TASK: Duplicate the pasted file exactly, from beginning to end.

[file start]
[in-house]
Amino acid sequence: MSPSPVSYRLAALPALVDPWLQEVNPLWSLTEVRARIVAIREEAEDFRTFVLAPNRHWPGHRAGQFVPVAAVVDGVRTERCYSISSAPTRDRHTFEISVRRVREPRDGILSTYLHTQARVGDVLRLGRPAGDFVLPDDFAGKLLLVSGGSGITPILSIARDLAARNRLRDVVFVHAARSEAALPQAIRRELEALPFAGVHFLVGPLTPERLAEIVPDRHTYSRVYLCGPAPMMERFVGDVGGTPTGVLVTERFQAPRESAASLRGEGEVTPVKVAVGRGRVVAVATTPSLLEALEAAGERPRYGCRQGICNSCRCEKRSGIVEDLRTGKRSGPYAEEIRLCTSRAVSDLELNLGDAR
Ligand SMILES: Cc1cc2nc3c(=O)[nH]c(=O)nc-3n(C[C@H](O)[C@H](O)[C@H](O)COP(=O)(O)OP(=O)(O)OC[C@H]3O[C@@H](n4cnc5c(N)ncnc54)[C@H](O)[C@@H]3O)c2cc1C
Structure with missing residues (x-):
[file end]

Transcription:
[in-house]
Amino acid sequence: MSPSPVSYRLAALPALVDPWLQEVNPLWSLTEVRARIVAIREEAEDFRTFVLAPNRHWPGHRAGQFVPVAAVVDGVRTERCYSISSAPTRDRHTFEISVRRVREPRDGILSTYLHTQARVGDVLRLGRPAGDFVLPDDFAGKLLLVSGGSGITPILSIARDLAARNRLRDVVFVHAARSEAALPQAIRRELEALPFAGVHFLVGPLTPERLAEIVPDRHTYSRVYLCGPAPMMERFVGDVGGTPTGVLVTERFQAPRESAASLRGEGEVTPVKVAVGRGRVVAVATTPSLLEALEAAGERPRYGCRQGICNSCRCEKRSGIVEDLRTGKRSGPYAEEIRLCTSRAVSDLELNLGDAR
Ligand SMILES: Cc1cc2nc3c(=O)[nH]c(=O)nc-3n(C[C@H](O)[C@H](O)[C@H](O)COP(=O)(O)OP(=O)(O)OC[C@H]3O[C@@H](n4cnc5c(N)ncnc54)[C@H](O)[C@@H]3O)c2cc1C
Structure with missing residues (x-):